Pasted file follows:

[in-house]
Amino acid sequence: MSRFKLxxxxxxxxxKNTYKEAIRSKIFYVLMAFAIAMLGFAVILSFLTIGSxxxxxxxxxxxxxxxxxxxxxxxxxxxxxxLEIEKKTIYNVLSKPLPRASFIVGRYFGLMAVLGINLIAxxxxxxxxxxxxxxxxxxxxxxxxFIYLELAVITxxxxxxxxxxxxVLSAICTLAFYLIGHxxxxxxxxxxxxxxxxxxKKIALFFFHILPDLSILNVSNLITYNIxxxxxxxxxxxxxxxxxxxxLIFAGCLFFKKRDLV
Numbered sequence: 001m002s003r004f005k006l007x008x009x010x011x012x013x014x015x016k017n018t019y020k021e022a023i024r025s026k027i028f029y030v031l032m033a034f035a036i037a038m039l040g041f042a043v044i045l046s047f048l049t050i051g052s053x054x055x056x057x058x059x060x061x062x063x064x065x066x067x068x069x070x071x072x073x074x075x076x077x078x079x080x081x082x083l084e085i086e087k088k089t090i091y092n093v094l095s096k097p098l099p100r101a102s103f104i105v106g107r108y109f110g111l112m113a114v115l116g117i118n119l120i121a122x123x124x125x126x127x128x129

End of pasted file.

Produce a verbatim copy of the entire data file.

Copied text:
[in-house]
Amino acid sequence: MSRFKLxxxxxxxxxKNTYKEAIRSKIFYVLMAFAIAMLGFAVILSFLTIGSxxxxxxxxxxxxxxxxxxxxxxxxxxxxxxLEIEKKTIYNVLSKPLPRASFIVGRYFGLMAVLGINLIAxxxxxxxxxxxxxxxxxxxxxxxxFIYLELAVITxxxxxxxxxxxxVLSAICTLAFYLIGHxxxxxxxxxxxxxxxxxxKKIALFFFHILPDLSILNVSNLITYNIxxxxxxxxxxxxxxxxxxxxLIFAGCLFFKKRDLV
Numbered sequence: 001m002s003r004f005k006l007x008x009x010x011x012x013x014x015x016k017n018t019y020k021e022a023i024r025s026k027i028f029y030v031l032m033a034f035a036i037a038m039l040g041f042a043v044i045l046s047f048l049t050i051g052s053x054x055x056x057x058x059x060x061x062x063x064x065x066x067x068x069x070x071x072x073x074x075x076x077x078x079x080x081x082x083l084e085i086e087k088k089t090i091y092n093v094l095s096k097p098l099p100r101a102s103f104i105v106g107r108y109f110g111l112m113a114v115l116g117i118n119l120i121a122x123x124x125x126x127x128x129